Location of Repository

Online discourse in a primary school setting

By James Rourke

Abstract

The government has laid down the expectation that by 2010 all schools should have some form of virtual learning environment. Although the use of online learning is now common place within many higher education establishments, the uptake of such technology within schools is arguably poor, more so in the primary sector. \ud \ud Much research has been done in relation to the effects of online collaboration and discourse with adult student learners and this case study aims to explore whether such effects are evident when online discussion technologies are used within a primary school setting. \ud \ud Using a range of research methods, both qualitative and quantitative, this study explores the emergent issues surrounding the use on an online forum with upper key stage two pupils. It is a small-scale study based on 52 pupil participants and two classes: Year 5 and Year 6. It explores the effect an online forum can have when imbedded into the teaching and learning of two National Curriculum foundation subjects (History and Geography), whilst shedding some light onto the generic benefits and pitfalls of such technology use. \ud \ud This study found that children evidenced a higher level of involvement within curriculum based discussion and interaction, with a notable increase in social constructivist learning taking place. Student attainment, linked to National Curriculum levels of attainment, was seen to make some slight gains. Pupil motivation and attitude towards their studies was also found to be positively affected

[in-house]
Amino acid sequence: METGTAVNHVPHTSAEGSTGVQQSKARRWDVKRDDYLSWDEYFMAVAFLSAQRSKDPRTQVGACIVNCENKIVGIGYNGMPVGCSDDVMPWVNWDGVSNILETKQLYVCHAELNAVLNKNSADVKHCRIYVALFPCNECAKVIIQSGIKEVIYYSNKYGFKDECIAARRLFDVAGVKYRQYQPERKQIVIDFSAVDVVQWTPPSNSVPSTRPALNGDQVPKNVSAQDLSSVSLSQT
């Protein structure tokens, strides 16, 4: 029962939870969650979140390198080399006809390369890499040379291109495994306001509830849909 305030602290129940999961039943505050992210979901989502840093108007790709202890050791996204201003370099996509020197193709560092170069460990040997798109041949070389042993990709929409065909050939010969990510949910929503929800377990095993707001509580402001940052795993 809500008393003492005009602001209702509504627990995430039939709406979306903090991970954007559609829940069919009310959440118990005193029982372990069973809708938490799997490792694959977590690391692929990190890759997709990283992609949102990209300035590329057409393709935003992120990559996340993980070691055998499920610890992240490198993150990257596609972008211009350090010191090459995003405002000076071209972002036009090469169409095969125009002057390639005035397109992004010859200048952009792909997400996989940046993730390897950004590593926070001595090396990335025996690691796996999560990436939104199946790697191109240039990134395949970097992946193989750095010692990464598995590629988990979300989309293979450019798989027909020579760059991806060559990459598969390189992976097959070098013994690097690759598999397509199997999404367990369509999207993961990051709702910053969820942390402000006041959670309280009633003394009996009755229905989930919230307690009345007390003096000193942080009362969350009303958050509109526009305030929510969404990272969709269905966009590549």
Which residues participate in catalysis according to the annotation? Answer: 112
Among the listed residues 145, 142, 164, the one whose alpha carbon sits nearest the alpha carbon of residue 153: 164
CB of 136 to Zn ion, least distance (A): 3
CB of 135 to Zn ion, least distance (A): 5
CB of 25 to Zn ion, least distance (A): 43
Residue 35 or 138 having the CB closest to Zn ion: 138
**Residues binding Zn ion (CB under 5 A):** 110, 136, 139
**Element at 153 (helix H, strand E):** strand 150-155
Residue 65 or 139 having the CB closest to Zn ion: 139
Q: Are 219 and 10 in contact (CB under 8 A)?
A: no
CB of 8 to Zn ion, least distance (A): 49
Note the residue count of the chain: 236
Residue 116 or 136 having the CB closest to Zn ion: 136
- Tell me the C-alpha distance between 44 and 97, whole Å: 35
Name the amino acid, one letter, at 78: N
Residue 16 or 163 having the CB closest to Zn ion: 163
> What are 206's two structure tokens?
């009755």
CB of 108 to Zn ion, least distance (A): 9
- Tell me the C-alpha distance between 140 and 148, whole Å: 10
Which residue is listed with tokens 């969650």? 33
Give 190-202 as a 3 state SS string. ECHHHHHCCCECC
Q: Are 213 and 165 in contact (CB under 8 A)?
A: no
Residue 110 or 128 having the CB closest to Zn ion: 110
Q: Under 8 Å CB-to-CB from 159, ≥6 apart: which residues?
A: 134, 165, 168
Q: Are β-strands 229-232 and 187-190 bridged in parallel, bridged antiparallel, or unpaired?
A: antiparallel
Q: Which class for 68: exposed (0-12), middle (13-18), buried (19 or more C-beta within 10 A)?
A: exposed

Publisher: Department of Education (York)
Year: 2010
OAI identifier: oai:etheses.whiterose.ac.uk:960

Suggested articles

Preview

Citations

  1. (2002). A Teacher’s Guide to Classroom Research, doi
  2. (1997). Bridging the communication gap for pupils with profound and multiple learning difficulties’, doi
  3. (2009). Communication, computers, and distance education.
  4. (2005). computer-mediated communication in distance education’ doi
  5. (2009). Digital Britain: Final Report, London: HMSO DCSF (2007) The Children’s Plan: Building Brighter Futures,
  6. (2007). E-Inclusion: Learning Difficulties and Digital Technologies, Bristol: Futurelab Alexander,
  7. (1990). from http://foi.becta.org.uk/content_files/corporate/resources/technology_and_education_re search/v_and_mle.pdf BECTA (2003b) What the research says about ICT and home-school links,
  8. (2003). Learning in a Virtual Classroom. Final Evaluation Report 25,
  9. (2000). Managing Curriculum Projects Using ICT’
  10. (1996). Methods and Issues in Educational Research, Sheffield: University of Sheffield OfSTED
  11. (1992). Research Methods in Language Learning’, cited in doi
  12. (1992). Teaching and learning online,
  13. (2001). Teaching and Learning Online.
  14. (1982). The Action Research Planner. doi
  15. (2008). The e-Learning Handbook: Past Promises, Present Challenges, Hoboken [US]: Jossey-Bass JISC (2000) MLEs in Further Education: Progress Report.

To submit an update or takedown request for this paper, please submit an Update/Correction/Removal Request.